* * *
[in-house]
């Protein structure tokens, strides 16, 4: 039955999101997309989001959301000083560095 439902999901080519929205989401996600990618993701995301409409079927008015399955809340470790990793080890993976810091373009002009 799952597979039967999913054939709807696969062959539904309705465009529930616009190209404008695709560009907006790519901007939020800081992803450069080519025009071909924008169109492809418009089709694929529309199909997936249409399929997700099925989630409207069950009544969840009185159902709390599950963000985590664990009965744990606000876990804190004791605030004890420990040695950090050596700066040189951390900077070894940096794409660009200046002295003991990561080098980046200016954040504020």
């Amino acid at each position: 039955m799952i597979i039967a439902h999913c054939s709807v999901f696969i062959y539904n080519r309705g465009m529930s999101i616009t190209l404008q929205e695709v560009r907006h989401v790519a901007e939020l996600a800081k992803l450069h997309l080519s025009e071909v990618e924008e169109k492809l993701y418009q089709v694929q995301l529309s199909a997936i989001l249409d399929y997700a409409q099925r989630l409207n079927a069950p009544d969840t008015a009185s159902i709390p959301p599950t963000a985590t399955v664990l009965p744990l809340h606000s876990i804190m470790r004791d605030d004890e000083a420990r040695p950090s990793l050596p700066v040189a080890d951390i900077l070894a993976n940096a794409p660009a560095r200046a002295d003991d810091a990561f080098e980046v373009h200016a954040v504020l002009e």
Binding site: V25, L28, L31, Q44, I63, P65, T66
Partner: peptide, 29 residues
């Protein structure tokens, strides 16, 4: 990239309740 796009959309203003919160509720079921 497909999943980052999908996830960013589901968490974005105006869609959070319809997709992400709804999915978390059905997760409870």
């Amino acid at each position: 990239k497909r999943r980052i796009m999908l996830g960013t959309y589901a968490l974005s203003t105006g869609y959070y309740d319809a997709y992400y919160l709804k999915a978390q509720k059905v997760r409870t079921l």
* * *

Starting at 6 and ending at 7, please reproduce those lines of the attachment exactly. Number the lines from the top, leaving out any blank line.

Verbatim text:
């Protein structure tokens, strides 16, 4: 990239309740 796009959309203003919160509720079921 497909999943980052999908996830960013589901968490974005105006869609959070319809997709992400709804999915978390059905997760409870």
């Amino acid at each position: 990239k497909r999943r980052i796009m999908l996830g960013t959309y589901a968490l974005s203003t105006g869609y959070y309740d319809a997709y992400y919160l709804k999915a978390q509720k059905v997760r409870t079921l």